We have repeatedly asked Lambeth what the ‘financial and legal risk’ of leaving us in our homes consists of. They have refused to answer citing ‘legal reasons’. This leads us to believe that there is no real bar to the ‘Super Co-op’ – an initiative that could help recycle some of Lambeth’s empty homes (a significant percentage of the empty homes in London] and could lessen Lambeth’s continued reliance on B&B accommodation.
• We are serious about our ambition to be a cooperative council but this does not mean favouring a small vocal group of residents some of whom are living in properties worth £2million to the detriment of the 24,000 Lambeth Council tenants across the borough who desperately need investment in their homes, or the thousands of residents who are on our housing waiting
Exactly how many ‘short life’ properties are actually worth £2million and please identify them. How many ‘short life’ properties have actually been sold for anywhere near that amount so far? None of us are aware of any. Typically values are much lower and, anyway, we aren’t responsible for inflated property prices in the borough (or for the poor condition of many council properties).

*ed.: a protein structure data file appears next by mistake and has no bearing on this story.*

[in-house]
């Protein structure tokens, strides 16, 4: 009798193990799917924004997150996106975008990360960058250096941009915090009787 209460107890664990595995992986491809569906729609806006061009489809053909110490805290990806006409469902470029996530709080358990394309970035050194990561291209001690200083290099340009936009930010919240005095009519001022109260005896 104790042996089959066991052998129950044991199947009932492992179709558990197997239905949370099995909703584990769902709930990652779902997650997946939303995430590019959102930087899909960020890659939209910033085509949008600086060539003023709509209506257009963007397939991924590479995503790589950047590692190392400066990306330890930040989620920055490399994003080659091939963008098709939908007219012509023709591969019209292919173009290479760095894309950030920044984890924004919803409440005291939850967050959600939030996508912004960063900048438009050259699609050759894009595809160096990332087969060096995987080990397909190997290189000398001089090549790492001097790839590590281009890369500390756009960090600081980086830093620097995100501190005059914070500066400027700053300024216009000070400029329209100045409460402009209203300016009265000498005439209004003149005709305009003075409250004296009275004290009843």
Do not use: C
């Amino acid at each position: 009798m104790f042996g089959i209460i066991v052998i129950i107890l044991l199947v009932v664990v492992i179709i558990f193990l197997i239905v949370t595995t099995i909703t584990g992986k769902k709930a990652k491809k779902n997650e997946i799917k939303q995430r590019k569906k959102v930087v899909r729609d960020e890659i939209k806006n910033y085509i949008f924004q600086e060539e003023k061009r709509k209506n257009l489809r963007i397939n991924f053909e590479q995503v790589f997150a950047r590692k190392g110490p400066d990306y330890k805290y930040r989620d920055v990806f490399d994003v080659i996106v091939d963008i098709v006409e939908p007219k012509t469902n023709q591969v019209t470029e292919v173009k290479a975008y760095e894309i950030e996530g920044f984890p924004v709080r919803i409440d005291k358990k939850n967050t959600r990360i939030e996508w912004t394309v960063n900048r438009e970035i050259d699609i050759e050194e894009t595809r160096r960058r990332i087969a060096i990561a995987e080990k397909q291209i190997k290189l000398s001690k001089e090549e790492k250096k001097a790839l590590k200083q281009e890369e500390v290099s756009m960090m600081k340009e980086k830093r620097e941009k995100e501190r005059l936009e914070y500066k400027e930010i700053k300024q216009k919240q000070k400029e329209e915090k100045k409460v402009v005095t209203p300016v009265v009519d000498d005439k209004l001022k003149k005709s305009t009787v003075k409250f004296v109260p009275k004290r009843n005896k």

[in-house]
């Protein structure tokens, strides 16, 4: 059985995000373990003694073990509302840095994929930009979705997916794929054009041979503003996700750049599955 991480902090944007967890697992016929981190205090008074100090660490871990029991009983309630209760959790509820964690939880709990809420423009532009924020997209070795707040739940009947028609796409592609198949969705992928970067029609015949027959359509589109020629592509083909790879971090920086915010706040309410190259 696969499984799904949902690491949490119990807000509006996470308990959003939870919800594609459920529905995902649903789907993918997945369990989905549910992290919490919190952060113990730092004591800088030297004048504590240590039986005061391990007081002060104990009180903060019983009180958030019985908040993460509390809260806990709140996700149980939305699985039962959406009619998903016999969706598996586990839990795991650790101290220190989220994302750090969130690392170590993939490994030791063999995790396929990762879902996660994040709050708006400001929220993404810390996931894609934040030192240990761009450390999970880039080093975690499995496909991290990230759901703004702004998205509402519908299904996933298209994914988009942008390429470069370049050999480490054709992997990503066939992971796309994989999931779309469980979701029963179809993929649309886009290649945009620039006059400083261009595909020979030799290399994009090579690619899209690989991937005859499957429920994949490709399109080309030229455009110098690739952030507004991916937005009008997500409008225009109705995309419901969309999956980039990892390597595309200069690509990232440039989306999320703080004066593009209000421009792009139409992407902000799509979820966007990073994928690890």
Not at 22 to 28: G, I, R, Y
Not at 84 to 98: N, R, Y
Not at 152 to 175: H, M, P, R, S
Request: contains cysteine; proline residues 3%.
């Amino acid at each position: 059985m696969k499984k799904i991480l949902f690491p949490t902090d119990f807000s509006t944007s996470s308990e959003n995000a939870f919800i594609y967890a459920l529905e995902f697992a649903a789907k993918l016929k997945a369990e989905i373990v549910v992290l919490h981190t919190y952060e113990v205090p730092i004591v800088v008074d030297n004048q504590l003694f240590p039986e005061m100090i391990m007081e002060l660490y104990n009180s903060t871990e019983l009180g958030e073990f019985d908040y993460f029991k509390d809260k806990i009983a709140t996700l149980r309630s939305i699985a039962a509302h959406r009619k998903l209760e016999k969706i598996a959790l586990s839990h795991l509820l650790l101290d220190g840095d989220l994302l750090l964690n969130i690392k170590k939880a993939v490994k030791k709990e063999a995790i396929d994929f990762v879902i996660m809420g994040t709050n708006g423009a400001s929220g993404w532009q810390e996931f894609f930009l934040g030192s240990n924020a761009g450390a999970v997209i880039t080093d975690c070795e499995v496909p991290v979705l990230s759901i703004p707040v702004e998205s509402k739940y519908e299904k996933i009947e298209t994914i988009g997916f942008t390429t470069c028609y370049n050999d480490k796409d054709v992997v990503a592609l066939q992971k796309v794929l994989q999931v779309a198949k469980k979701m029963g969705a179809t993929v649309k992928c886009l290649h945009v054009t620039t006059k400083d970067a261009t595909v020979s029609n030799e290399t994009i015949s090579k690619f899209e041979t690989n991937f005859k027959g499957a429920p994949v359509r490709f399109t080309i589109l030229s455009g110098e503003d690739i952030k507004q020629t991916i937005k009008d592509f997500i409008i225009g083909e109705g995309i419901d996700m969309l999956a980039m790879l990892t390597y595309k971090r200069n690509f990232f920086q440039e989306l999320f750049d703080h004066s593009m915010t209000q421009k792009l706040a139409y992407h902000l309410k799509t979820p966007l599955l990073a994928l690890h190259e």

By selling short life properties, Lambeth are simultaneously shrinking their housing stock whilst at the same time lengthening their housing waiting list, as they re-house the displaced ‘shortlife’ residents.
It’s standard for politicians to characterise grass-roots opposition to their policies as coming from a ‘small vocal group’. A number of our members are old and infirm and we can’t expect them to always mobilise to counter Lambeth’s deafening- and often ill-informed-propaganda.
‘Shortlife’ recall is an ill-conceived policy, so please help us find a fairer solution for some of the borough’s longest-term residents.